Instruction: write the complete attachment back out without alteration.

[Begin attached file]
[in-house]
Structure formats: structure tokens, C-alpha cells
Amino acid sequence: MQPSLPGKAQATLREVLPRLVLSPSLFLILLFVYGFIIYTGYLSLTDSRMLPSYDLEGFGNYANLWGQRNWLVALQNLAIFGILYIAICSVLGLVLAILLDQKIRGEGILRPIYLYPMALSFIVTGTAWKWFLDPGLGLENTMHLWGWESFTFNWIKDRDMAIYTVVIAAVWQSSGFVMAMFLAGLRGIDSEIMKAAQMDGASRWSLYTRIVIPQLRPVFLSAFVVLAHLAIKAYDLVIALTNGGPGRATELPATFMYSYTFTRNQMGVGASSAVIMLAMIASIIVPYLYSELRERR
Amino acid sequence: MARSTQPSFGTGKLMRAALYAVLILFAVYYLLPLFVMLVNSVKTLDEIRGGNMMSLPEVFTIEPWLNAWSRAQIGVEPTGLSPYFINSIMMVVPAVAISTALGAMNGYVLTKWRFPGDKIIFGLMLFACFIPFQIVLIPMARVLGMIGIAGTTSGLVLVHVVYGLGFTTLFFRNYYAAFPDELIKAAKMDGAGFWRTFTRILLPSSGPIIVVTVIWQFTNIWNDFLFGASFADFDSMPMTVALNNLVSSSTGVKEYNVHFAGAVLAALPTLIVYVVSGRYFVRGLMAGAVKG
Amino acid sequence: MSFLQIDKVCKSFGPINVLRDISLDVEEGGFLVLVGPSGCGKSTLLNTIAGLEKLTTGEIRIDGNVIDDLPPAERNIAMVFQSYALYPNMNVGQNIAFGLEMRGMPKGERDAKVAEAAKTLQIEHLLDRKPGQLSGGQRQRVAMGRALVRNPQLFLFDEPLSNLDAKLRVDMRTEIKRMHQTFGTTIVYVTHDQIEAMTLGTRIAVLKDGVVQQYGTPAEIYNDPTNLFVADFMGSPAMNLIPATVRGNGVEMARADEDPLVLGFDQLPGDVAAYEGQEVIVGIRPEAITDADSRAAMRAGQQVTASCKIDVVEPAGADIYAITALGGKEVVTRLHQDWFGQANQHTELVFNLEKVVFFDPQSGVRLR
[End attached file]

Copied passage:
[in-house]
Structure formats: structure tokens, C-alpha cells
Amino acid sequence: MQPSLPGKAQATLREVLPRLVLSPSLFLILLFVYGFIIYTGYLSLTDSRMLPSYDLEGFGNYANLWGQRNWLVALQNLAIFGILYIAICSVLGLVLAILLDQKIRGEGILRPIYLYPMALSFIVTGTAWKWFLDPGLGLENTMHLWGWESFTFNWIKDRDMAIYTVVIAAVWQSSGFVMAMFLAGLRGIDSEIMKAAQMDGASRWSLYTRIVIPQLRPVFLSAFVVLAHLAIKAYDLVIALTNGGPGRATELPATFMYSYTFTRNQMGVGASSAVIMLAMIASIIVPYLYSELRERR
Amino acid sequence: MARSTQPSFGTGKLMRAALYAVLILFAVYYLLPLFVMLVNSVKTLDEIRGGNMMSLPEVFTIEPWLNAWSRAQIGVEPTGLSPYFINSIMMVVPAVAISTALGAMNGYVLTKWRFPGDKIIFGLMLFACFIPFQIVLIPMARVLGMIGIAGTTSGLVLVHVVYGLGFTTLFFRNYYAAFPDELIKAAKMDGAGFWRTFTRILLPSSGPIIVVTVIWQFTNIWNDFLFGASFADFDSMPMTVALNNLVSSSTGVKEYNVHFAGAVLAALPTLIVYVVSGRYFVRGLMAGAVKG
Amino acid sequence: MSFLQIDKVCKSFGPINVLRDISLDVEEGGFLVLVGPSGCGKSTLLNTIAGLEKLTTGEIRIDGNVIDDLPPAERNIAMVFQSYALYPNMNVGQNIAFGLEMRGMPKGERDAKVAEAAKTLQIEHLLDRKPGQLSGGQRQRVAMGRALVRNPQLFLFDEPLSNLDAKLRVDMRTEIKRMHQTFGTTIVYVTHDQIEAMTLGTRIAVLKDGVVQQYGTPAEIYNDPTNLFVADFMGSPAMNLIPATVRGNGVEMARADEDPLVLGFDQLPGDVAAYEGQEVIVGIRPEAITDADSRAAMRAGQQVTASCKIDVVEPAGADIYAITALGGKEVVTRLHQDWFGQANQHTELVFNLEKVVFFDPQSGVRLR